Archive for the 'Contracts' Category

How judicial empathy harmed one small business.

Upon the announcement of the retirement of Associate Supreme Court Justice, David Souter, President Obama announced that he wanted to replace Souter with someone who has “that quality of empathy, of understanding and identifying with people’s hopes and struggles.”

Days later, the president made good on that promise by nominating Sonia Sotomayor to replace Souter. Based on Sotomayor’s past rulings, as well as comments in speeches and participating on panels, Mr. Obama accomplished his “empathy” goal. In a speech at Berkeley, Judge Sotomayor said, “I would hope that a wise Latina woman with the richness of her experiences would more often than not reach a better conclusion as a judge than a white male who hasn’t lived that life.”

How does empathy, gender, race or experience reconcile with what is no less than the cornerstone of American jurisprudence, blind justice? What would empathetic justice look like? In my career as a business owner, I’ve had some experience with an empathetic judge who chose to peek under the blindfold she swore to wear when ruling on petitions brought before her. Here is that true story.

A salesperson was hired by me to call on prospects and customers of a company I owned. Since I knew I would be giving him proprietary pricing and sales strategies that were the intellectual property of my company, I asked him to sign a non-compete agreement when he was offered the job. By accepting, if he should leave my company for any reason, he would have to forgo operating in my industry within a reasonable geography and time frame. He signed and went to work.

Less than two years later, I discovered that he was making plans to quit, and in fact had already started his own new company which would compete directly with my business. Worse, he was actually telling my customers about his new venture in an attempt to subvert sales to him. Not only was his future behavior going to violate the non-compete agreement, but his disloyalty is against the law in our state. Immediately after he was fired for this infidelity, he opened his competing business with a storefront location.

In the subsequent non-jury lawsuit I brought to enforce the non-compete agreement, the District Court judge, who just happened to be a woman, listened to the facts, reviewed the evidence and ruled in my favor. The defendant should cease and desist operating his business for the period and geography he originally agreed to. Alas, he continued operating his business, in defiance of the court order.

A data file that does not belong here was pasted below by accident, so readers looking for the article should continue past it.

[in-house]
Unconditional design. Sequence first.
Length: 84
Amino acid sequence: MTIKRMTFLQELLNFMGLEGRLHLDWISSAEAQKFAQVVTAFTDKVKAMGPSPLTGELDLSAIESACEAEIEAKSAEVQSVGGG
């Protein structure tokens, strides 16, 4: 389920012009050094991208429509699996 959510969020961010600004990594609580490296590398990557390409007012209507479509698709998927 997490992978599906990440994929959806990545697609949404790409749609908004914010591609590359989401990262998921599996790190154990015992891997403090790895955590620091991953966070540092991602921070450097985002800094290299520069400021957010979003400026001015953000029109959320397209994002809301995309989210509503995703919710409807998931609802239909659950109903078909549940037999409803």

Within six months, we were able to bring the man before the judge again with the evidence of his continued violation of the agreement and the court order. But instead of throwing the book at the defendant, incredibly, the judge instead dismissed her earlier ruling against him. Her reason? She had since discovered that her daughter knew a member of the defendant’s extended family who, as a teenager, had been killed in an automobile accident a few years earlier. The judge went on to say that she now felt the family had been through enough and, essentially, she didn’t want to place any more hardship on them.

Thus, I came face-to-face with judicial empathy and found it violated a valid contract, disregarded testimony, facts and evidence and preempted the constitutional right of this American citizen to petition the court with an expectation of receiving blind justice. My brush with touchy-feely justice cost me a few thousand dollars in damages and legal fees. But if empathy as a basis for deciding cases at the Supreme Court level becomes reality, I fear it will undermine two of the cornerstones of our nation: the sanctity of a contract and the judicial system that for more than 200 years has been the model for the rest of the world.

Recently, on my small business radio program, The Small Business Advocate Show, I talked about my experience with judicial empathy. Take a few minutes to listen, and be sure to leave your own thoughts and experiences.

How dear are your small business mistakes?

Mistakes are worth contemplating, and yet we often don’t. The reason, I think, is because it hurts a little to focus on them. It’s not fun to see ourselves that way. Mistakes are definitely not ego food.

But there is something very important to remember about mistakes: Not focusing on them can ultimately be more painful.